Some of our anxiety problems, bad mood and stress that we feel are related to the wrong way we see or conceptualize others, the situations we face and ourselves. These thoughts follow a series of guidelines:
They are illogical and irrational.
They are inaccurate and do not fit reality.
They are unproductive.
They are negative and devaluing.
They tend to dramatize.
And they result in an increase in anxiety and anguish.
I always/never, everything/nothing.
SUPPORT EXERCISE 1/3
Think and answer the following statements indicating whether you agree or not:
I must always be responsible: yes – no
I must trust myself completely: yes – no
I must be the perfect friend, son, father, boyfriend: yes – no
I must be the perfect student: yes – no
I must know and understand everything: yes – no
I must always be kind and pleasant : yes – no
I must be fully competent: yes – no
I must never feel anger, jealousy or envy: yes – no
I must never make mistakes: yes – no
I must never be afraid: yes – no
TOTAL: Yes_____ No______
ANALYZE YOUR RESULT
The healthy answer is to say “no” to all questions. Let’s see why.
In certain situations we demand ourselves to do certain things or behave with people in a way that forces us to make a very big effort. We live this self-demand as an obligation, a duty, something that we must necessarily perform.
If we analyze these duties, we see that they refer to aspects that “would be okay” to accomplish (in some cases not even that), but that there is no reason for them to become an obligation. It is us who give them that category and it’s the fact of thinking that way that leads us to overwhelm ourselves.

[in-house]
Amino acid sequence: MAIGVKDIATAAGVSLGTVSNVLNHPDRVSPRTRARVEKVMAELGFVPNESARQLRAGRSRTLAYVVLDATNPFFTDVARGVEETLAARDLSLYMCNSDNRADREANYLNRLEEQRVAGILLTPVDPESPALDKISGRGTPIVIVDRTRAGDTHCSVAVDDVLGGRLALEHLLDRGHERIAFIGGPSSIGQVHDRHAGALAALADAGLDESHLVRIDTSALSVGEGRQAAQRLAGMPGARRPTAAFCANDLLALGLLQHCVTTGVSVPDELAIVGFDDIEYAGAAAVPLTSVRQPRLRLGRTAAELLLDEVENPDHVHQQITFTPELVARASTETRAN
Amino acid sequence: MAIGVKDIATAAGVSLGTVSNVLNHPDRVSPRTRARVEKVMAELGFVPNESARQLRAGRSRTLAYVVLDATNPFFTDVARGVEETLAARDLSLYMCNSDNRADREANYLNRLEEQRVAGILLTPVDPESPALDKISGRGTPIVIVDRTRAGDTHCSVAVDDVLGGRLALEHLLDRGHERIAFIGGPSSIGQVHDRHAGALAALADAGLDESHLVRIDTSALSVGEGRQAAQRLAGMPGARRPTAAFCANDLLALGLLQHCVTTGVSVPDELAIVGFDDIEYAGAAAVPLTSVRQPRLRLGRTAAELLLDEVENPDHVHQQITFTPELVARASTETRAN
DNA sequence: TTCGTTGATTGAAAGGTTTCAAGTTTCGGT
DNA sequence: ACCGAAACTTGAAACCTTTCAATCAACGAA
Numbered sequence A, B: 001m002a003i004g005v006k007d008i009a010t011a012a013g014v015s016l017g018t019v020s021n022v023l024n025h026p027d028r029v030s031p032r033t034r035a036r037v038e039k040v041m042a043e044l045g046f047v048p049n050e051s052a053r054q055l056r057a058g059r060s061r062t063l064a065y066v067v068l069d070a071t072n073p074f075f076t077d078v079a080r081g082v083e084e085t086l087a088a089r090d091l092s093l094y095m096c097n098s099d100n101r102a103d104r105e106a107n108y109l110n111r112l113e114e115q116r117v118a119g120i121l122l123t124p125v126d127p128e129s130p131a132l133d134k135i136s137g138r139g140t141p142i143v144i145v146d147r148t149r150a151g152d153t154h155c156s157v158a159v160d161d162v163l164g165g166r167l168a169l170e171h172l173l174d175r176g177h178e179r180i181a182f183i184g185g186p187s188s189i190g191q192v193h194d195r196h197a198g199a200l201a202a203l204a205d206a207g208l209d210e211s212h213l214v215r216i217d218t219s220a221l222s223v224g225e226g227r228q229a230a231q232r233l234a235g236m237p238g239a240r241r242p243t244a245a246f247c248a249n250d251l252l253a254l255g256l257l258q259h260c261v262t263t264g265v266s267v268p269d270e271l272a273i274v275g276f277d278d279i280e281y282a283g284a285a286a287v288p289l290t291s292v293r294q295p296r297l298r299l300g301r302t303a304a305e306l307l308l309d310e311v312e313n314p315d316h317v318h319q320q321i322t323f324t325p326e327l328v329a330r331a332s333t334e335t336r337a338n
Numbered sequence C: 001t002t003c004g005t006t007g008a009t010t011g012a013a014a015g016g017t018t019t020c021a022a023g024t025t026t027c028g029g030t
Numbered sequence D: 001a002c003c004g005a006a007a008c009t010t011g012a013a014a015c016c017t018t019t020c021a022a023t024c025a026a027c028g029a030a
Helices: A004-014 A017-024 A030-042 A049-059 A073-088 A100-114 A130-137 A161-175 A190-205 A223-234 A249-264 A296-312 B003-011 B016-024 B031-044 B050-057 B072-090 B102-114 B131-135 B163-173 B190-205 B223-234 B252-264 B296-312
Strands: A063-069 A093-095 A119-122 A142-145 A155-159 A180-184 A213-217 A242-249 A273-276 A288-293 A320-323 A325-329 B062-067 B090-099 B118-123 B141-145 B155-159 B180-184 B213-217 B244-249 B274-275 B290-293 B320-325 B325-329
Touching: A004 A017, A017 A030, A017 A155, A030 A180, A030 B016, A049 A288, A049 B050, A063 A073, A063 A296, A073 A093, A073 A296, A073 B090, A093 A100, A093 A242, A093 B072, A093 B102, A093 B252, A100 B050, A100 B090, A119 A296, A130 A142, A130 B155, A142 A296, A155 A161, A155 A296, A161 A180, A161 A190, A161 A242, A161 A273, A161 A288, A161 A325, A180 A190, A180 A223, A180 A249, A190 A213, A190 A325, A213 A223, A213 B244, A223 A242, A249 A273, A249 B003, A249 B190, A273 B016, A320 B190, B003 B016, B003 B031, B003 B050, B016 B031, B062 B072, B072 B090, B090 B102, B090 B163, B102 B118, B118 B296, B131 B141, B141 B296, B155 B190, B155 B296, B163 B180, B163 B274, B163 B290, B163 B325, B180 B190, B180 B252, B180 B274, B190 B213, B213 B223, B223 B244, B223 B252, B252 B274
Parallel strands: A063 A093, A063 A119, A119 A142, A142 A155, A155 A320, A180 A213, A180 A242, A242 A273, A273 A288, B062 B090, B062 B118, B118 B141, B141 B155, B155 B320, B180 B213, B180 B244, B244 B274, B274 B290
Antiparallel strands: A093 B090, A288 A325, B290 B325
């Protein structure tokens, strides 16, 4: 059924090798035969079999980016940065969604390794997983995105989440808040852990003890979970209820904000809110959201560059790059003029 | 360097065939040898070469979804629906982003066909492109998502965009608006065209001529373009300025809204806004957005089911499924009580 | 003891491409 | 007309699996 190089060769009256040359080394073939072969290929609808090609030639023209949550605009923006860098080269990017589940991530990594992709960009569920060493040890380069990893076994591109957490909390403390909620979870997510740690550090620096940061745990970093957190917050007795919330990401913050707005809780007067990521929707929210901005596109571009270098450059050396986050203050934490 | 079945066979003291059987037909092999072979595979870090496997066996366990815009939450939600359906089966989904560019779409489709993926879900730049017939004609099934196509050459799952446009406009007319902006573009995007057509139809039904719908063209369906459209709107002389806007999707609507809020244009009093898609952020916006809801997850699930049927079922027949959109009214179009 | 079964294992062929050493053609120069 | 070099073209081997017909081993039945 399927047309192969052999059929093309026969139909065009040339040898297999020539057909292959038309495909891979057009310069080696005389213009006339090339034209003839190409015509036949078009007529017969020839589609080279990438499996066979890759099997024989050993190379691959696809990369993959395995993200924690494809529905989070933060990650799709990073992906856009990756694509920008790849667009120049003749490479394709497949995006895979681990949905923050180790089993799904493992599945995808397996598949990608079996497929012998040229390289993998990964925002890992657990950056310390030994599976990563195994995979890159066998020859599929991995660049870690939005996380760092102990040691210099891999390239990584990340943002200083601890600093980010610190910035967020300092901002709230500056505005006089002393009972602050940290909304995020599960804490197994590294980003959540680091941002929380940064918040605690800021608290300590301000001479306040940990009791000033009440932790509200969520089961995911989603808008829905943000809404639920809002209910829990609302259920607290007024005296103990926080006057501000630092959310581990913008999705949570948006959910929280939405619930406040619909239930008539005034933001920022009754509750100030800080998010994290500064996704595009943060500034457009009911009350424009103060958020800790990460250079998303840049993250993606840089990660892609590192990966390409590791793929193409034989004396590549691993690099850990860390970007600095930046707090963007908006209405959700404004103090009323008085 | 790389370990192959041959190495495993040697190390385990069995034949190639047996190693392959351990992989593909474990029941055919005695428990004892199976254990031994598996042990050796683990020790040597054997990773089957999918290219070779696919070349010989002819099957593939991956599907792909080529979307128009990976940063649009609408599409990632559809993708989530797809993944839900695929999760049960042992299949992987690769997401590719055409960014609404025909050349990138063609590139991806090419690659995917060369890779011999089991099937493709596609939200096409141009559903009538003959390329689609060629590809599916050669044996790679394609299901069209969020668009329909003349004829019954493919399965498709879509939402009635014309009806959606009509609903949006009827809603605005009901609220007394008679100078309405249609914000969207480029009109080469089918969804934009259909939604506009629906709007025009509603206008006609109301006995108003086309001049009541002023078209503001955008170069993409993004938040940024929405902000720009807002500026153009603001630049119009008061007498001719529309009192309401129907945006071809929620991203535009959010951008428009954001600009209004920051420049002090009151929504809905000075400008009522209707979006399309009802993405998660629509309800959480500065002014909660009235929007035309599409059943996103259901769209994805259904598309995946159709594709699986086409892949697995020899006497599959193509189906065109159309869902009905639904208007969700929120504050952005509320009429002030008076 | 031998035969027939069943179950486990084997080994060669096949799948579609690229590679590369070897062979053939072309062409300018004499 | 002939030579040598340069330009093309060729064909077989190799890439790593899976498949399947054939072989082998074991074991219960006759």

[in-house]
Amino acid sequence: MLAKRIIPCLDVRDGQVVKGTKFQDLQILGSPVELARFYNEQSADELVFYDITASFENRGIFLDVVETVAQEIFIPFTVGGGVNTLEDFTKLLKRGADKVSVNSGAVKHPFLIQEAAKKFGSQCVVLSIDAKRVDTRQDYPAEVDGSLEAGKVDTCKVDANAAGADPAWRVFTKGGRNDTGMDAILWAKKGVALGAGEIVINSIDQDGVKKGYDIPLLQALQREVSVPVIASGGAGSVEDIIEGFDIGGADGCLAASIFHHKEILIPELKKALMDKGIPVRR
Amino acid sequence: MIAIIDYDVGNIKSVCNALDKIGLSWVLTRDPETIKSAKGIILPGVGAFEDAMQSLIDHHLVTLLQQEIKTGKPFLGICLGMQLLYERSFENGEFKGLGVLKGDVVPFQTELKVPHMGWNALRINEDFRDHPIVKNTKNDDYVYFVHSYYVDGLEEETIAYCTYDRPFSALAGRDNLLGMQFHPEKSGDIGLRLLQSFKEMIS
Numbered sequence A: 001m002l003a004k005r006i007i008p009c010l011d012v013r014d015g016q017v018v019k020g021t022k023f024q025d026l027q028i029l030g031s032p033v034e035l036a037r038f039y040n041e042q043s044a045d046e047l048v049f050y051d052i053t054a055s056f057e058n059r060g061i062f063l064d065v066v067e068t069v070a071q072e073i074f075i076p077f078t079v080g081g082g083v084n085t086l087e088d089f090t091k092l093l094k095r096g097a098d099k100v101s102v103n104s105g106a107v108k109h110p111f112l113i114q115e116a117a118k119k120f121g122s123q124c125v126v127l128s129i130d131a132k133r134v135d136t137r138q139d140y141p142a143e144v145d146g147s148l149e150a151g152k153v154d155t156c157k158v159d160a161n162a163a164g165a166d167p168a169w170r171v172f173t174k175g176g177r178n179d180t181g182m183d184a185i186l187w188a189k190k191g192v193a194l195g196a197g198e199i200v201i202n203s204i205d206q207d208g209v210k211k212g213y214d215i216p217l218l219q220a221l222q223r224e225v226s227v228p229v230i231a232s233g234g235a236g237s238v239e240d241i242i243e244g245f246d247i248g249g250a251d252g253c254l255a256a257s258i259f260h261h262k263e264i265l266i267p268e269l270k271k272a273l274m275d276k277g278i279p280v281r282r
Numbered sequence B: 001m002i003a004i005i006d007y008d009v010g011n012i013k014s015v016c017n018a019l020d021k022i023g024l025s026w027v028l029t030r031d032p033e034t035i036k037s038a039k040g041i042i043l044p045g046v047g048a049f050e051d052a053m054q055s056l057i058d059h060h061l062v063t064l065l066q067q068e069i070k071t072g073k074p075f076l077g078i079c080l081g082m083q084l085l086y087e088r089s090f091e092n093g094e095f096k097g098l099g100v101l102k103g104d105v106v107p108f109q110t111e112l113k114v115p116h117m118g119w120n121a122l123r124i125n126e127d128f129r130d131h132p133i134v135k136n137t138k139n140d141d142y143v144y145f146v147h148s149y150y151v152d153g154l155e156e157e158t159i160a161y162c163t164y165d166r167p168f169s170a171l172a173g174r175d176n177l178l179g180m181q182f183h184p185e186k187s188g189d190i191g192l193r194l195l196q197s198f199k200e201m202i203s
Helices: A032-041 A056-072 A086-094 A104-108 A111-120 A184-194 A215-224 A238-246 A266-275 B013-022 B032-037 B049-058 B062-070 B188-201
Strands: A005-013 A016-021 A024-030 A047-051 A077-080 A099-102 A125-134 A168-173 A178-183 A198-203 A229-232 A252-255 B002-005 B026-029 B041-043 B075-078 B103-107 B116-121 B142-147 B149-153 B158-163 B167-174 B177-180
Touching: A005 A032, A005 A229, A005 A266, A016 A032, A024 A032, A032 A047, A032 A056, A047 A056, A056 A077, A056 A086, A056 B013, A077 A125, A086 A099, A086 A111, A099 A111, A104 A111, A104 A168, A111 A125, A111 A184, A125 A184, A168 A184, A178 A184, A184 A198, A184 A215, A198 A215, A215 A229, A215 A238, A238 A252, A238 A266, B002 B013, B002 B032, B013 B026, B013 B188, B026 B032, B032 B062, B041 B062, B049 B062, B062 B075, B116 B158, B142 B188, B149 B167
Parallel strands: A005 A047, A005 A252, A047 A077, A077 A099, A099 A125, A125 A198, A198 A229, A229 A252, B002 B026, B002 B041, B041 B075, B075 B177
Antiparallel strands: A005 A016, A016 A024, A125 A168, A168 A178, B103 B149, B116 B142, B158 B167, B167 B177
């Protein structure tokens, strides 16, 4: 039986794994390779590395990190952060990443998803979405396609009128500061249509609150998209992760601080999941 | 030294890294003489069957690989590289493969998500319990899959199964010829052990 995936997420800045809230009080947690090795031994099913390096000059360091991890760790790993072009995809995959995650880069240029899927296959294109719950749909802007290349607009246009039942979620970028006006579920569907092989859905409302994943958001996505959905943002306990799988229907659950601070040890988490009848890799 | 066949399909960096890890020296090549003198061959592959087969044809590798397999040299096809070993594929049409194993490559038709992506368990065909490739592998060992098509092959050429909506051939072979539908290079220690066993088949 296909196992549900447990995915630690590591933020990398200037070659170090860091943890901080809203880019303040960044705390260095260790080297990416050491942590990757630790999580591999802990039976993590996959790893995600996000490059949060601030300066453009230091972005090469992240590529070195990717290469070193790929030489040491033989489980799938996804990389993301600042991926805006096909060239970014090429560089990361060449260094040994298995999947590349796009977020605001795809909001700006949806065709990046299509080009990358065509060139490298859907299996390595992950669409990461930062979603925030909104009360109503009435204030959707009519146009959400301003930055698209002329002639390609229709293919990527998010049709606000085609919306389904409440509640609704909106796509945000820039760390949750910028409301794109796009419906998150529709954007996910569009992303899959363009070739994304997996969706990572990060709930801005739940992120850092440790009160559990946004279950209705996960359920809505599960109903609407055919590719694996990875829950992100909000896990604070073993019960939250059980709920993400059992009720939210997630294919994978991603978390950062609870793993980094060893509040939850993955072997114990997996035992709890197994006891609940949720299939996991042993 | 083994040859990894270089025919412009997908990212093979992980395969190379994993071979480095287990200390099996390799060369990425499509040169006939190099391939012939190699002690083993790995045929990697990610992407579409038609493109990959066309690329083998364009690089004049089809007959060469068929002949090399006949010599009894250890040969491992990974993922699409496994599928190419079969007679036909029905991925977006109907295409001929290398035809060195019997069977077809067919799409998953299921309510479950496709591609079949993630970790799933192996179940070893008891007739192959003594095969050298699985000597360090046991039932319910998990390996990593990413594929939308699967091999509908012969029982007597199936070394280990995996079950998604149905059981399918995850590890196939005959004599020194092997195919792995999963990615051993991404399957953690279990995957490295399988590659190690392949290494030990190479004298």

Let’s observe the difference between:
“I must be fully competent”,
if I am (not a true fact because it’s impossible to be completely competent), as I consider it my obligation … it has a neutral connotation,
if I am not fully competent (as is natural), it has a negative connotation and I live it as a failure and it makes me feel bad.
“It would be good to be more competent”,
if I am being step by step, it has a positive connotation that makes me feel good and makes me move forward.
If not, it has a neutral connotation.
Exercise.- Do the same work as the previous example with all the statements to which you answered YES.
Exercise.- Search your daily thoughts “I should” and apply the same “treatment.”
SUPPORT EXERCISE 2/3
Sometimes some situations that seem “terrible, horrible”, tremendously dramatic and negative. We are not referring to situations that are really terrible, but to those that, without being so, we experience them as such. Let’s look at some examples:
It’s horrible that they think badly of me.
It would be terrible to make a fool of myself like that.
I would die if my partner abandoned me.
If I fail the world sinks.
If I don’t finish this work it will be disastrous.
Let us analyze one of these statements objectively and see if they are really so serious or it is our catastrophic thinking that makes us feel overwhelmed.
“It’s horrible that they think badly of me”
We review it, transforming this statement into more objective and realistic ones:
“It makes me feel bad that they think badly about me, I don’t like it”
“It depends on who is the one who thinks badly about me and what he/she really thinks”
“ I don’t know exactly what they think”
Which one do you keep: the original or the revision?
Exercise.- Search for your three “horrible” favorites, write them down and review them as in the previous example. Do they cause you the same feeling of overwhelm or anxiety?
SUPPORT EXERCISE 3/3
There are moments when we use extreme categories when we think what is happening to us. We use absolute terms such as “everything”, “nothing”, “always”, “never”, “all”, “nobody”, etc.
everything will go wrong
nobody trusts me
everyone is better than me
I will never achieve it
She has always been better than me
Let’s analyze these statements objectively and we will see that they are very extreme reasoning and can easily become “something – sometimes – some”.
For example, let’s review “I’ll never achieve it”
If you really try, do you think you’ll never get it?
Never? For sure?
It may be more realistic to say: “It’s very difficult, but I will do everything possible to achieve it.”
Exercise.- Search for your “everything – nothing – always” and transform them. Do they cause you the same feeling of overwhelm or anxiety?
“It’s us who give them that category and it’s the fact of that way of thinking that leads us to overwhelm ourselves.”